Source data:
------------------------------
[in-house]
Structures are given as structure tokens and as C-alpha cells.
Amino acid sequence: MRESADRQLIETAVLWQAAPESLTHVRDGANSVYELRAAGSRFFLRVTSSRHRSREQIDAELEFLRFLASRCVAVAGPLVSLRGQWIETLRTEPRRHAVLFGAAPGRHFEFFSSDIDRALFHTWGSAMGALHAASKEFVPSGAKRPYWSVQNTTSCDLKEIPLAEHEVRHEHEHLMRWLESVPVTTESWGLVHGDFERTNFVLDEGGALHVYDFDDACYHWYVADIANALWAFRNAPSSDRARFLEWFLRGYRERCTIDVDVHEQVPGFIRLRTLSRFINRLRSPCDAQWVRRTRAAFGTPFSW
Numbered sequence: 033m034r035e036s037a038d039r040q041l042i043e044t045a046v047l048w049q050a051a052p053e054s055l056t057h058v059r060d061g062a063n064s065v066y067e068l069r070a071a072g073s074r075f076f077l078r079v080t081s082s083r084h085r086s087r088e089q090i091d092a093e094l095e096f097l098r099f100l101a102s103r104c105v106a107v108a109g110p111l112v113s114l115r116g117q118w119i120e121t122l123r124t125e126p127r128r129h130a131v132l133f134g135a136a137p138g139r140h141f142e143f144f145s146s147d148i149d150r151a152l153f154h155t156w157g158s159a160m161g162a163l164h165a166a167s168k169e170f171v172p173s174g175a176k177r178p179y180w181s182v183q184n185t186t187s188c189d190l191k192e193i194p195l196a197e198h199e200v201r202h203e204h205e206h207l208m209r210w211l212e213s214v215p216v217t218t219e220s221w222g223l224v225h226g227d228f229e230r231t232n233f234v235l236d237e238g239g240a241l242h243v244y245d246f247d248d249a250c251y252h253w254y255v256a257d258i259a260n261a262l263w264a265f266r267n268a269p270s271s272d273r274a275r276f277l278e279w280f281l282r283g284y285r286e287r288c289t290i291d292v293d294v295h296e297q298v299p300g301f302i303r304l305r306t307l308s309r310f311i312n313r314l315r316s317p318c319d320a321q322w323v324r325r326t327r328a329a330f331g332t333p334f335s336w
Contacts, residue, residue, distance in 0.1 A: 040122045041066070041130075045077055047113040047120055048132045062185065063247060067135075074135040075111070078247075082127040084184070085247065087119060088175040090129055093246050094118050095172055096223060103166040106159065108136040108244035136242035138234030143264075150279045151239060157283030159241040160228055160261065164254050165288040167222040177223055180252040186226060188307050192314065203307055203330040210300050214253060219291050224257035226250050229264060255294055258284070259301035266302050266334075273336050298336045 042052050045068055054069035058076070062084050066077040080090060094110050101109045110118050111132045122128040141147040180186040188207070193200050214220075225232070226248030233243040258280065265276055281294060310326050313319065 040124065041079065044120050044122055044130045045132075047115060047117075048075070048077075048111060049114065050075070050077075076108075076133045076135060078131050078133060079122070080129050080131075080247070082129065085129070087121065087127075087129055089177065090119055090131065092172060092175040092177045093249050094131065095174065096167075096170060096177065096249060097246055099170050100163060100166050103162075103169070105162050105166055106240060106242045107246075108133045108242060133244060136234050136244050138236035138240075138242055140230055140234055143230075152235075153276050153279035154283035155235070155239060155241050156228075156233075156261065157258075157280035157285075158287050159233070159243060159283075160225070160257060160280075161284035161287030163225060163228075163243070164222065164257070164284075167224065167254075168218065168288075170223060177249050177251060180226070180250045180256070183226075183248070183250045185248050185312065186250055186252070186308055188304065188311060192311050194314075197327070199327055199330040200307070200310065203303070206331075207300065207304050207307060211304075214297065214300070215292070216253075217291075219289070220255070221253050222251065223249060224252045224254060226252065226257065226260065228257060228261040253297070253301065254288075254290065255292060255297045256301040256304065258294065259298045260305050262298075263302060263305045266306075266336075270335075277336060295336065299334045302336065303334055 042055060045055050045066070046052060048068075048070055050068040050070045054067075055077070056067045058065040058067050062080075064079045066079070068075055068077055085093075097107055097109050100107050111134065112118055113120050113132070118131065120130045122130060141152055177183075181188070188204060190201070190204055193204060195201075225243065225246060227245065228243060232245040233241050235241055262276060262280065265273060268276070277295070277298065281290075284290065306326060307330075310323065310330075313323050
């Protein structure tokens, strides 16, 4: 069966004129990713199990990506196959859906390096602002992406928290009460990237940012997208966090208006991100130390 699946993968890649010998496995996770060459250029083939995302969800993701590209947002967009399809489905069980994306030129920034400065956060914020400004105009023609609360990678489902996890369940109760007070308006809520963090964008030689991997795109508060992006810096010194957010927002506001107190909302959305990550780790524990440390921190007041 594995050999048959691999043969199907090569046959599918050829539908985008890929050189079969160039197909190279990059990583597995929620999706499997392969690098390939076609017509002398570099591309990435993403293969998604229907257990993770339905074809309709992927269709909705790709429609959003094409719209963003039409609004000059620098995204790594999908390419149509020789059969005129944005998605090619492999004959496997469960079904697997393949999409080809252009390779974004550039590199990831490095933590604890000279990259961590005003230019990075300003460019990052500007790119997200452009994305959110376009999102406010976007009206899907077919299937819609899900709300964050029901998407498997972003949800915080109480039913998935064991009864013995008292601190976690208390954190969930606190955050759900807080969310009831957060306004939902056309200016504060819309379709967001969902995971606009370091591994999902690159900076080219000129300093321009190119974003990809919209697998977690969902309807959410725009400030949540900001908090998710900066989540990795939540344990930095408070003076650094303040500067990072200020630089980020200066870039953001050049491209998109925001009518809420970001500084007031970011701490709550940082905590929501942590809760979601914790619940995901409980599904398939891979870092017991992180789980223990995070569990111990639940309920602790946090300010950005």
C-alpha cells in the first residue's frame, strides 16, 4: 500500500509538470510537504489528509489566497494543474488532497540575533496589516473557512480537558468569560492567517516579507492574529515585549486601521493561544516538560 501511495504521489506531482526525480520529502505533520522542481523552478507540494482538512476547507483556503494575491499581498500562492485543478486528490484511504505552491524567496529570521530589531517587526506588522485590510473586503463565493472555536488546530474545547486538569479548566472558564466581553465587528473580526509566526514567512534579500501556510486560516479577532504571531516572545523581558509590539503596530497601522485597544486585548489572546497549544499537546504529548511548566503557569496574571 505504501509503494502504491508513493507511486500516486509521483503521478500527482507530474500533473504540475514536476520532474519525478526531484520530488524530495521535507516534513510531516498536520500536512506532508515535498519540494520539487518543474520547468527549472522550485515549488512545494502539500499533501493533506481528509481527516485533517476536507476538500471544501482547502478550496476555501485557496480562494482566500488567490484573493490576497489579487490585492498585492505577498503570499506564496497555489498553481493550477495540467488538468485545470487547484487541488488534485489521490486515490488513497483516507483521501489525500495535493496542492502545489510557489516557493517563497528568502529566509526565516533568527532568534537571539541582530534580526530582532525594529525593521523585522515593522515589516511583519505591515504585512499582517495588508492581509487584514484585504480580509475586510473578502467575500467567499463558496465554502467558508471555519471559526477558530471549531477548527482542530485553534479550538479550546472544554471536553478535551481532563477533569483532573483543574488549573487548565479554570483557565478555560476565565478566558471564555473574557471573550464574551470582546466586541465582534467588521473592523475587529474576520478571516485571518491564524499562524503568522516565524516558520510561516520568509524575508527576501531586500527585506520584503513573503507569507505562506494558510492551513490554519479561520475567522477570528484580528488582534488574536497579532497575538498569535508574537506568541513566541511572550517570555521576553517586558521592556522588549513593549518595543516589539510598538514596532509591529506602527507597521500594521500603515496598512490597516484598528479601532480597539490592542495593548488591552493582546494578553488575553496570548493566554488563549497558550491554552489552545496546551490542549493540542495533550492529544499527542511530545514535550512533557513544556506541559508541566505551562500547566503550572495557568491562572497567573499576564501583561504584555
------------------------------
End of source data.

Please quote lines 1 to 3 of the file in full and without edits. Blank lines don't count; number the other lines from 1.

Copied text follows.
[in-house]
Structures are given as structure tokens and as C-alpha cells.
Amino acid sequence: MRESADRQLIETAVLWQAAPESLTHVRDGANSVYELRAAGSRFFLRVTSSRHRSREQIDAELEFLRFLASRCVAVAGPLVSLRGQWIETLRTEPRRHAVLFGAAPGRHFEFFSSDIDRALFHTWGSAMGALHAASKEFVPSGAKRPYWSVQNTTSCDLKEIPLAEHEVRHEHEHLMRWLESVPVTTESWGLVHGDFERTNFVLDEGGALHVYDFDDACYHWYVADIANALWAFRNAPSSDRARFLEWFLRGYRERCTIDVDVHEQVPGFIRLRTLSRFINRLRSPCDAQWVRRTRAAFGTPFSW